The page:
Written by Deborah Post
The push to deregulate tenure is justified by its advocates in several ways. In a prior post, I discussed one strategy the trivializing of faculty opposition which is characterized as “interest group politics” focused on “terms of employment.” The role of faculty as managers of law schools is erased, usurped by decanal assertion of management expertise.
The more powerful argument, at least where the lay public and a good portion of the legal practitioners are concerned, is the allegation that tenure prevents a dean and a school from removing faculty who are unproductive to make a place for new, young, industrious, creative faculty. The spectre of a doddering faculty member who comes to school only to teach, riffling through pages as old as he or she, is powerful. In its worst form, it suggests that law professors are the worst form of slackers, earning salaries completely disproportionate to the value they deliver to the law schools.
Not only is this caricature unfair and misleading, but it is inaccurate to say that tenure means unproductive faculty must be retained and that tenure keeps schools from hiring new, young faculty.
What is overlooked in the discussion of tenure is the process of self regulation that exists in most law schools. Deans have many tools to persuade an under-performing faculty member to improve. And many law schools now have a formal process of post-tenure review. If reform is needed, a less extreme and more suitable response is simply to take the post-tenure review process seriously. Tenure is not “permanent employment” because a faculty member can be fired “for cause.” The tenure standards provide a benchmark for judging the productivity of faculty. The faculty member who does not show up for faculty meetings, who feigns incompetence in order to avoid committee assignments, who writes nothing, mentors no one, and shows up simply to teach classes is violating the terms of his or her employment. This is cause for termination
Post-tenure review is challenging because the tenure standards are often geared to entry level employees, not those who have assumed the responsibilities of senior faculty. Most law schools require faculty members to be productive in three areas: service to the school and the wider legal community, production of scholarship, and effective classroom teaching. I am not sure about the derivation of the phrase “dead wood” but the complaints emphasize deficiencies in scholarship and teaching with little or no attention paid to the role faculty play in management. The initial tenure decision places a high value on scholarship and teaching and much less emphasis on community service, including service to the institution, but community service is something that becomes more important over the arc of a career.
Older may not be wiser but older is generally more experienced. Senior faculty have a depth of knowledge about their institution; their presence is a source of continuity and stability over time. As a general rule, it is the more senior faculty who chair committees – appointments, admissions, curriculum, colloquia, academic support and/or academic standards for students. They supervise students on the law reviews and moot court, act as advisors to the various student groups on campus. This is not insignificant. This is a very important part of what faculty do. The distribution of responsibility in law schools acknowledges the fact that newer faculty are preoccupied, as well they should be, with their research, writing, and with making sure that their work is well placed.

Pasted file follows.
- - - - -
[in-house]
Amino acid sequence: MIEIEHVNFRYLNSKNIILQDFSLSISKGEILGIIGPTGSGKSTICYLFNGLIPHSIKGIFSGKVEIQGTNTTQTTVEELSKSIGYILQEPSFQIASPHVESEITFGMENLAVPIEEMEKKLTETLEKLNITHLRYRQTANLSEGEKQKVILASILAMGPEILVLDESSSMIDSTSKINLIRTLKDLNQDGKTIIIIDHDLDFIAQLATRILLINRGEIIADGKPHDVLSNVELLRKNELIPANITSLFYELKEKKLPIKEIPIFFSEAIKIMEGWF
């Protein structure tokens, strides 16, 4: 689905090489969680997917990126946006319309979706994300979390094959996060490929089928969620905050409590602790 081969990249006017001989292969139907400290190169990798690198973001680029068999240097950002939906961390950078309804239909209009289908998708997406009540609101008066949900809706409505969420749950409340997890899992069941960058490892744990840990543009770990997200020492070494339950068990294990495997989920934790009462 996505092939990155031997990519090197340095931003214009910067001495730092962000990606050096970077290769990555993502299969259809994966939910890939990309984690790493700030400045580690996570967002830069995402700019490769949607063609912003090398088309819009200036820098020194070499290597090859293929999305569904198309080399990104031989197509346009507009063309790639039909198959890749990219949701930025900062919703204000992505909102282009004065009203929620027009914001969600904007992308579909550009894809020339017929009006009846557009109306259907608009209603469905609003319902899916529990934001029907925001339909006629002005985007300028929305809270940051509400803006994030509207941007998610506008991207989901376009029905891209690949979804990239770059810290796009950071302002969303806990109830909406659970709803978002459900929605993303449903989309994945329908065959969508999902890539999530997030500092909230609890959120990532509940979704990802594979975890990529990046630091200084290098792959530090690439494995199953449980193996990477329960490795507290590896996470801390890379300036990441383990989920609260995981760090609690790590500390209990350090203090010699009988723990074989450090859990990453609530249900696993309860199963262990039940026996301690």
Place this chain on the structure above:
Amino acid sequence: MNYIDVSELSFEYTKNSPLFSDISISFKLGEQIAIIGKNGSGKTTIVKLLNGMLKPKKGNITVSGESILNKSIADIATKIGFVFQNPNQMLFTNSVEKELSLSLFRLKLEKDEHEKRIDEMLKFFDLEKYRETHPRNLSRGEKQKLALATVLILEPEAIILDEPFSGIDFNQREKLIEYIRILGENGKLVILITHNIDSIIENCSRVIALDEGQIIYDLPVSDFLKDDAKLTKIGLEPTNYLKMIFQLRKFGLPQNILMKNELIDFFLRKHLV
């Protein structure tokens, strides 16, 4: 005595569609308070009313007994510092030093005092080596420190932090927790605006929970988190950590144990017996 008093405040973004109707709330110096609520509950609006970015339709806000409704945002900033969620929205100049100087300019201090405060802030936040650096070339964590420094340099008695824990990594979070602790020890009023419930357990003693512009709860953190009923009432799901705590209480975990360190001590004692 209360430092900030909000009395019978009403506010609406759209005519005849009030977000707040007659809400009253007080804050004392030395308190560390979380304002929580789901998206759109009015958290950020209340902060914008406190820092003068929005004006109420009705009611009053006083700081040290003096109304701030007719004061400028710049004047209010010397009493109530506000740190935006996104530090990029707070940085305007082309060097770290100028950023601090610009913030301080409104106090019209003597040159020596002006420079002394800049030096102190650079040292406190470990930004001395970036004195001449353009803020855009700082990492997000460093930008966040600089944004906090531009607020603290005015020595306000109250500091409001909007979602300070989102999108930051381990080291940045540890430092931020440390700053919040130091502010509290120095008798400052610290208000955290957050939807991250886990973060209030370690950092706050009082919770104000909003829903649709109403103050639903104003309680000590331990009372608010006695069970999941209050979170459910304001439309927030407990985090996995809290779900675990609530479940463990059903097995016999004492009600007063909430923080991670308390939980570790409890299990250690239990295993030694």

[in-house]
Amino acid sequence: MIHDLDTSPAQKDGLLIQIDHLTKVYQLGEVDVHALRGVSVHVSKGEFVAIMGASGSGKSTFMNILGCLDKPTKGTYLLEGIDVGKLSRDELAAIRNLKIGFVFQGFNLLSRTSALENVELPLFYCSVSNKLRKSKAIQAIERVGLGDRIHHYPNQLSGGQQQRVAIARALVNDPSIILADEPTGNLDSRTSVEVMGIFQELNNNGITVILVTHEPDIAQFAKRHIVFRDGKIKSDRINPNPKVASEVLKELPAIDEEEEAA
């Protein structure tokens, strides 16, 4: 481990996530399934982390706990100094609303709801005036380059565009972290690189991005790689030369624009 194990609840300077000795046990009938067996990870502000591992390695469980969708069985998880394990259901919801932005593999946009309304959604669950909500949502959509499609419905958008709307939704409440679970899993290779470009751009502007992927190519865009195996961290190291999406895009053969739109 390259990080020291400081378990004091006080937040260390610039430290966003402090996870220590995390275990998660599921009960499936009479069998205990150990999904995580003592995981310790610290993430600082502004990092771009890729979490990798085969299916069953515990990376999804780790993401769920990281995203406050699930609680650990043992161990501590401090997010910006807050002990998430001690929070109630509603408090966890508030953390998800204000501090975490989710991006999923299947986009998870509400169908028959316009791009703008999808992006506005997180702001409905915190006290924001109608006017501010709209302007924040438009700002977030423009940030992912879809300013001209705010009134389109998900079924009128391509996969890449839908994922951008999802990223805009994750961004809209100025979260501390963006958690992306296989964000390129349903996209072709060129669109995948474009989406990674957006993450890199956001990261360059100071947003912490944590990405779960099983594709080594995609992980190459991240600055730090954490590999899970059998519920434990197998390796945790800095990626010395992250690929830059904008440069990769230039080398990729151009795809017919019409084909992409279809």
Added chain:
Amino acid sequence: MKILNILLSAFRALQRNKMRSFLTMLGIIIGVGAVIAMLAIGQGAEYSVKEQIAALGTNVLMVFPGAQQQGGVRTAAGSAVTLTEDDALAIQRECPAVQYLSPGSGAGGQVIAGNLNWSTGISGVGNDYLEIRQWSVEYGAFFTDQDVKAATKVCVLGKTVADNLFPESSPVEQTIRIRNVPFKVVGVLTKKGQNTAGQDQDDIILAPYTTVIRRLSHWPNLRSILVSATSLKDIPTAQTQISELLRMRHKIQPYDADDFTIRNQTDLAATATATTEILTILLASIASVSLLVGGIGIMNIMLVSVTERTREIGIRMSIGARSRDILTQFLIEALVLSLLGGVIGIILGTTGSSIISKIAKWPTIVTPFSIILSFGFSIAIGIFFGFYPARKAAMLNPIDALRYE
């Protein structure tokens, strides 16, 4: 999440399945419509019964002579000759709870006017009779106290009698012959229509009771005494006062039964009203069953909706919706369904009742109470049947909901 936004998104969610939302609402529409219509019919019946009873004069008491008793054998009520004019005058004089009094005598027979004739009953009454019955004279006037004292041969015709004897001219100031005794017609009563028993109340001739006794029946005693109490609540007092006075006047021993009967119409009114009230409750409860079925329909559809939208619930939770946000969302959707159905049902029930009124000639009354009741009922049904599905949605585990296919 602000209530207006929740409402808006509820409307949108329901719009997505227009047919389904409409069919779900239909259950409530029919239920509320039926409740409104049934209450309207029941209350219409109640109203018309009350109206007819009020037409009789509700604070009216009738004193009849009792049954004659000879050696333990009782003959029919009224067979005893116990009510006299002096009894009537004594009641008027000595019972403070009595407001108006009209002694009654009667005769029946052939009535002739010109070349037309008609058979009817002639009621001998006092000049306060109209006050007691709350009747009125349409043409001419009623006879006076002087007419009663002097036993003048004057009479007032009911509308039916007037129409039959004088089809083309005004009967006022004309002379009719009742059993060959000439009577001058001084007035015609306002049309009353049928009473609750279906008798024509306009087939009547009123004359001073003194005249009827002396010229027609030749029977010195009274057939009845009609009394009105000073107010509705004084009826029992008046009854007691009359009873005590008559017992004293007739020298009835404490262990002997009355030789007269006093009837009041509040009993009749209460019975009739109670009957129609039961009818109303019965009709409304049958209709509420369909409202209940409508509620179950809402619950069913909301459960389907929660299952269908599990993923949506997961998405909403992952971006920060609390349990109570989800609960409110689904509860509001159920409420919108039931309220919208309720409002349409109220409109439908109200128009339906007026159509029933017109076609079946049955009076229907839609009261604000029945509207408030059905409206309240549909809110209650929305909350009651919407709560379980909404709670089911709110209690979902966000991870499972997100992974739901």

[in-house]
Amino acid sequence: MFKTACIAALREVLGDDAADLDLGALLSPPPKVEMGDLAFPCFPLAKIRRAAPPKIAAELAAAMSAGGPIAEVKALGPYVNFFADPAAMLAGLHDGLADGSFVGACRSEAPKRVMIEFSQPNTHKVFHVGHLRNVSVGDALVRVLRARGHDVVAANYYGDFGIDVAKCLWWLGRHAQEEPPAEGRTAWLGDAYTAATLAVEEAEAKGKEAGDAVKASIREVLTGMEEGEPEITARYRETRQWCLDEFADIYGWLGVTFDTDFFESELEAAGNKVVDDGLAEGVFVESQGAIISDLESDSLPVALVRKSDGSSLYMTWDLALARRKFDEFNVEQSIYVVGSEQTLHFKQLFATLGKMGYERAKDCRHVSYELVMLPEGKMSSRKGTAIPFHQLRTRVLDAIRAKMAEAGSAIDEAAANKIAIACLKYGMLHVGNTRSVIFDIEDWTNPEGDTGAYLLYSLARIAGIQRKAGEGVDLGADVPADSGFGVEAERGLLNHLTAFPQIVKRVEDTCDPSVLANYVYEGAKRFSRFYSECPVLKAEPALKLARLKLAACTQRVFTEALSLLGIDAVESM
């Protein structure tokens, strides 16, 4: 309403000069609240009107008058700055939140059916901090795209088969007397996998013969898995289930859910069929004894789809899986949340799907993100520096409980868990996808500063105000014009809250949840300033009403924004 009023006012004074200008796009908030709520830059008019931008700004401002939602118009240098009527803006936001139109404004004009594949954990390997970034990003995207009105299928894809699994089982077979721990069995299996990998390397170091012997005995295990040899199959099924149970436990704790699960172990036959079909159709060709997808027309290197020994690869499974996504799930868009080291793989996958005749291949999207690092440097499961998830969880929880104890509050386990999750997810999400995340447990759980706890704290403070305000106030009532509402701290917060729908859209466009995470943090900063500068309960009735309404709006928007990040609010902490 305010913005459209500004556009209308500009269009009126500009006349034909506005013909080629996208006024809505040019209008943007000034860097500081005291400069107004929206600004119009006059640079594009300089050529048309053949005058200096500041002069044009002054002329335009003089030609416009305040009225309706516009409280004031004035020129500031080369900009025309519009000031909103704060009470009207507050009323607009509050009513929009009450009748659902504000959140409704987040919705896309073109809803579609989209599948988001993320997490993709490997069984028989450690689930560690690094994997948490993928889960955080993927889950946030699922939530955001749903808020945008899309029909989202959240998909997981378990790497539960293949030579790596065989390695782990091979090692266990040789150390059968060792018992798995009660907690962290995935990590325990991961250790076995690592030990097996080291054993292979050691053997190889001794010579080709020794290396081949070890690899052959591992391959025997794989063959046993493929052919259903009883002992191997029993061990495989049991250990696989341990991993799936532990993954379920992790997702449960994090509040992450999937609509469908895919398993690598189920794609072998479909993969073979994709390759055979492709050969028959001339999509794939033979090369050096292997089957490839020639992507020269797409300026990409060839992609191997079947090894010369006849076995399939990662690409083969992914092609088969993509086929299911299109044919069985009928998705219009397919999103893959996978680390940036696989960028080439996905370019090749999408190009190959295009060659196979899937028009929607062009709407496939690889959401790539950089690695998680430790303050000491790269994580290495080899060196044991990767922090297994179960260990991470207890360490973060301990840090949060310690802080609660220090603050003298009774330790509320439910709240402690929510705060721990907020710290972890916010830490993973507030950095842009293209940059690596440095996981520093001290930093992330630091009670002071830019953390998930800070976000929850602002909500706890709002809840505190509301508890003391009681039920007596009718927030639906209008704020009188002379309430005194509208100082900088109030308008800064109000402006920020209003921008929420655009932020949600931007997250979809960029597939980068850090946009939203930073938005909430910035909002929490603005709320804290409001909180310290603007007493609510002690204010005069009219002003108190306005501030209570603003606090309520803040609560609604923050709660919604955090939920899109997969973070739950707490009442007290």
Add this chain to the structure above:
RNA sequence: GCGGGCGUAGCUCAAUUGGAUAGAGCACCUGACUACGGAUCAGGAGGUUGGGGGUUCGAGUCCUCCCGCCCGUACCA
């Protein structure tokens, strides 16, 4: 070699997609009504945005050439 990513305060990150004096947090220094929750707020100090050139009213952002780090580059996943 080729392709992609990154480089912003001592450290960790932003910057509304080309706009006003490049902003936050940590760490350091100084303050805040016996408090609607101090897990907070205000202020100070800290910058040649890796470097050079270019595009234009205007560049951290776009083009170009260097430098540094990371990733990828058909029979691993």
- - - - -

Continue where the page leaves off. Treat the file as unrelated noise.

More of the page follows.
That is not to say that younger faculty do not serve on important committees. They do. That is not to say that older faculty are unproductive as scholars. They can be very productive. As a general rule, however, the imperatives for law teachers change over time. Once you have tenure, you are more likely to write for journals that solicit your participation for symposia and less likely to worry about sending out unsolicited work to top tier law reviews. Once you have tenure, you are more likely to be named chair of a committee.
The elimination of a requirement of tenure is being pressed to make the job of deans easier and give them more control over the operation of law schools. It is always easier to fire an at- will employee, particularly when the employee is considered a troublemaker: someone who disagrees with the administration or his/her colleagues, who acts in a way that attracts unwanted attention on controversial issues. It is more difficult, but a better and fairer business practice as well as one that acknowledges the importance of academic freedom, to document the abuses that would support termination of employment.
We must, of course, control for the abuses that arise whenever faculty engage in peer evaluations. We always have to control for the jealousies, the pettiness, and the bias that arises in peer review. The risk of injury is, in my estimation, much less when a tenured faculty is being reviewed than it is when a young faculty member comes up for tenure. The harder issue is one of compassion. What to do about the faculty member who cannot fully perform the job but who does not wish to retire? We all know and admire senior faculty whose mental acuity and continued productivity is inspirational. It is not age but job performance that is critical here. Even so, there are often cases in which a faculty member remains committed to teaching or writing but does not want to participate in faculty governance. It would be best to have a process by which salaries, office space and teaching schedules are adjusted for faculty members who wish to wind down rather than abruptly end their relationship with their institution. Institutions can and should have a plan and a process for dealing with the predictable and eminently foreseeable process of replacing faculty.